One of the reasons I trust you and Monica is that you both have such longevity in the market. I didn’t really know you before this year, but I’ve been talking to Monica for a while. She’s been on the show a number of times, so it’s great to talk to you. But you both have a ton going on now, so tell us what you and Monica are doing with this new book.
Where can people find you? Where can they find the Kickstarter?
Russell: Sure. So this has happened in the past week, so I don’t think I had a chance to fill you in on it.
But direct sales, it ends up being a big concept, and we actually went from one book to two books. So it’s now a two part book. One is on sales funnels and flywheels, and one’s on psychological triggers. There’s Volume One and Volume Two.
It’s now called Direct Sales Mastery, and you can find it at WriterMBA.com/DSA. It’s a combination of basically everything we’ve taught for the past combined 25 years, along with a lot of stuff from our author ecosystem.
So if you haven’t taken our other ecosystem quiz, if you’re like, how do I even get started on this, we created a quiz at AuthorEcosystem.com to help you figure out where you are going in your direct sales journey and your sales and marketing journey.
Then we do have a conference called The Future of Publishing Mastermind, which you can find on the Kickstarter. And really, what we wanted to do was take all of the scholarship we’ve basically written over the span of our careers and condense it down into something that makes sense as a single narrative.
That’s been the hardest thing about direct sales is I don’t think anyone has created a singular narrative of what the scope of the problem is.
A lot of people talk about web stores and Shopify, some people talk about Kickstarter, people talking about subscriptions, but no one really talks about how these things interconnect and play together. So it’s going to be two volumes, and we really want it to be, like I said, a single thoughtful narrative on how to take this stuff and build an ecosystem around it that is additive to your catalog sales.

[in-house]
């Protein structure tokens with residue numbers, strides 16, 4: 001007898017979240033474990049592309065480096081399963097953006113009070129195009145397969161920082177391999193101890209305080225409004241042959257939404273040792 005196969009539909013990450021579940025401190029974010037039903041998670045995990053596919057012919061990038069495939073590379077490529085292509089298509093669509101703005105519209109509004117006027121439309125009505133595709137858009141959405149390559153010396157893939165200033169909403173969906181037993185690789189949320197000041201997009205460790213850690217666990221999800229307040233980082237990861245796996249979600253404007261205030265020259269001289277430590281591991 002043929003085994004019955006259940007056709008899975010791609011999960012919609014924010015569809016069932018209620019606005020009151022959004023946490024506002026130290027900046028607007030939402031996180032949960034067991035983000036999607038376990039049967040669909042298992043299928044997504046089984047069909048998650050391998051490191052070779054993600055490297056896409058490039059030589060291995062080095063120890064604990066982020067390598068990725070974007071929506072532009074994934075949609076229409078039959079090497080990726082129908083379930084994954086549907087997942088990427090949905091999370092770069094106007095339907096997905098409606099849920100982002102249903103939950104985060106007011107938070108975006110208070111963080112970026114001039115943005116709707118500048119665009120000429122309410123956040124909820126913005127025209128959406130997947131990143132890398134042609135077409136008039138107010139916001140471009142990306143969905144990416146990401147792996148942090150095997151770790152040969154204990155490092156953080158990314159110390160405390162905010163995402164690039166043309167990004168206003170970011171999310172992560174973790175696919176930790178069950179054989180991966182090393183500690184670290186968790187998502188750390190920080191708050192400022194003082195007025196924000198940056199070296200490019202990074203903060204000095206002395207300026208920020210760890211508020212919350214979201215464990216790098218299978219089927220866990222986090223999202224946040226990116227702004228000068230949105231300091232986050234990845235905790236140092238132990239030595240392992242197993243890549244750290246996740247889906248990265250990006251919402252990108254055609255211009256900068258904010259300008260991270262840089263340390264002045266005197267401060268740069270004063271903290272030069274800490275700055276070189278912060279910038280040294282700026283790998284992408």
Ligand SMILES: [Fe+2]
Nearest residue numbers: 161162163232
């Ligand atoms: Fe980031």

So if you are already doing really well on catalog sales, this will show you how to open up your direct sales in a way that doesn’t just focus on Shopify, doesn’t just focus on Patreon, but focuses on how you can build all of these verticals successfully into your business and make them all work together.
Because singularly it is a lot of work, but once you get one set up, it really does all funnel into and trickle into the other stuff. So I hope if you have any interest in marketing, sales, or direct sales, I hope you’ll check it out at WriterMBA.com/DSA, or just go to Kickstarter and type in Direct Sales Mastery For Authors.
You also have a podcast. Tell people where they can find that, too.
Russell: Absolutely. It’s called Kickstart Your Book Sales. It’s on all aggregators. It’s got, I think, close to 100 episodes now, and some of them are very meaty big boys, like two and a half hour from some of our webinars. We want it to be a really powerful repository of how to build direct sales into your business.
Joanna: Brilliant. Well, thanks so much for your time, Russell. That was great.
Russell: Thank you for having me.
The post The Mindset And Business Of Selling Books Direct With Russell Nohelty first appeared on The Creative Penn.
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Author: Joanna Penn